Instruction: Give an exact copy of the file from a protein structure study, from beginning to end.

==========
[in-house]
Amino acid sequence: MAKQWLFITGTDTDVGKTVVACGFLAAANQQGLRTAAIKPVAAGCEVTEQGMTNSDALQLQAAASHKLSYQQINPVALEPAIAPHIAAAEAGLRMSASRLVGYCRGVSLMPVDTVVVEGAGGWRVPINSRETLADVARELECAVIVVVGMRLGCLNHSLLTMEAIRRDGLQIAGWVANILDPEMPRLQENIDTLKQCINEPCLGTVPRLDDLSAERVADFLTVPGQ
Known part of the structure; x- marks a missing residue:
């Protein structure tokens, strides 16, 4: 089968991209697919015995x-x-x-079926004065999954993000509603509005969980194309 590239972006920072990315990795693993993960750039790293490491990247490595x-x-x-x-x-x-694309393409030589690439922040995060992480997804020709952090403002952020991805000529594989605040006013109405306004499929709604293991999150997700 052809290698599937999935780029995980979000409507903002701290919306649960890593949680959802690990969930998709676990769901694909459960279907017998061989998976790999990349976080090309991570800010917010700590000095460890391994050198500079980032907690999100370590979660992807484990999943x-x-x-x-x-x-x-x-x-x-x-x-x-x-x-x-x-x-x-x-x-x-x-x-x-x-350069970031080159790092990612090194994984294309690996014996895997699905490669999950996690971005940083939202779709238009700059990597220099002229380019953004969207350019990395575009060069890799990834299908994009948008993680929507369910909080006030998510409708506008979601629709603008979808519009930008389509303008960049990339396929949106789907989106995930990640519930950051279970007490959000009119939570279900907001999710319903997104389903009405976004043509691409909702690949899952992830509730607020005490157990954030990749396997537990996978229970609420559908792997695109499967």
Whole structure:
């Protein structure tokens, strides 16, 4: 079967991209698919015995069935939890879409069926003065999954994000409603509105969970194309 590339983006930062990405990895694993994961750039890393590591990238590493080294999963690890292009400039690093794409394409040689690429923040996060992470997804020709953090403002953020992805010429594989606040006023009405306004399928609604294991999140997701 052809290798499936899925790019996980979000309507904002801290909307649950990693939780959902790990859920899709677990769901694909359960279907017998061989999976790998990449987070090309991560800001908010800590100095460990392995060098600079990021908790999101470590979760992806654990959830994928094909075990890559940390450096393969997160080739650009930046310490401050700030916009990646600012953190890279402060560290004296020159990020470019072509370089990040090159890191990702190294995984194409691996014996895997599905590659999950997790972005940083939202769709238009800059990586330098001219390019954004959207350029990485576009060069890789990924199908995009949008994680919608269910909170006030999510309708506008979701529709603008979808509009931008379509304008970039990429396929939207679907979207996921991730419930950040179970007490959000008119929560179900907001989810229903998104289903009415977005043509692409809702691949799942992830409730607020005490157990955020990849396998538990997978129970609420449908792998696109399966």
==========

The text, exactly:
[in-house]
Amino acid sequence: MAKQWLFITGTDTDVGKTVVACGFLAAANQQGLRTAAIKPVAAGCEVTEQGMTNSDALQLQAAASHKLSYQQINPVALEPAIAPHIAAAEAGLRMSASRLVGYCRGVSLMPVDTVVVEGAGGWRVPINSRETLADVARELECAVIVVVGMRLGCLNHSLLTMEAIRRDGLQIAGWVANILDPEMPRLQENIDTLKQCINEPCLGTVPRLDDLSAERVADFLTVPGQ
Known part of the structure; x- marks a missing residue:
């Protein structure tokens, strides 16, 4: 089968991209697919015995x-x-x-079926004065999954993000509603509005969980194309 590239972006920072990315990795693993993960750039790293490491990247490595x-x-x-x-x-x-694309393409030589690439922040995060992480997804020709952090403002952020991805000529594989605040006013109405306004499929709604293991999150997700 052809290698599937999935780029995980979000409507903002701290919306649960890593949680959802690990969930998709676990769901694909459960279907017998061989998976790999990349976080090309991570800010917010700590000095460890391994050198500079980032907690999100370590979660992807484990999943x-x-x-x-x-x-x-x-x-x-x-x-x-x-x-x-x-x-x-x-x-x-x-x-x-x-350069970031080159790092990612090194994984294309690996014996895997699905490669999950996690971005940083939202779709238009700059990597220099002229380019953004969207350019990395575009060069890799990834299908994009948008993680929507369910909080006030998510409708506008979601629709603008979808519009930008389509303008960049990339396929949106789907989106995930990640519930950051279970007490959000009119939570279900907001999710319903997104389903009405976004043509691409909702690949899952992830509730607020005490157990954030990749396997537990996978229970609420559908792997695109499967």
Whole structure:
């Protein structure tokens, strides 16, 4: 079967991209698919015995069935939890879409069926003065999954994000409603509105969970194309 590339983006930062990405990895694993994961750039890393590591990238590493080294999963690890292009400039690093794409394409040689690429923040996060992470997804020709953090403002953020992805010429594989606040006023009405306004399928609604294991999140997701 052809290798499936899925790019996980979000309507904002801290909307649950990693939780959902790990859920899709677990769901694909359960279907017998061989999976790998990449987070090309991560800001908010800590100095460990392995060098600079990021908790999101470590979760992806654990959830994928094909075990890559940390450096393969997160080739650009930046310490401050700030916009990646600012953190890279402060560290004296020159990020470019072509370089990040090159890191990702190294995984194409691996014996895997599905590659999950997790972005940083939202769709238009800059990586330098001219390019954004959207350029990485576009060069890789990924199908995009949008994680919608269910909170006030999510309708506008979701529709603008979808509009931008379509304008970039990429396929939207679907979207996921991730419930950040179970007490959000008119929560179900907001989810229903998104289903009415977005043509692409809702691949799942992830409730607020005490157990955020990849396998538990997978129970609420449908792998696109399966």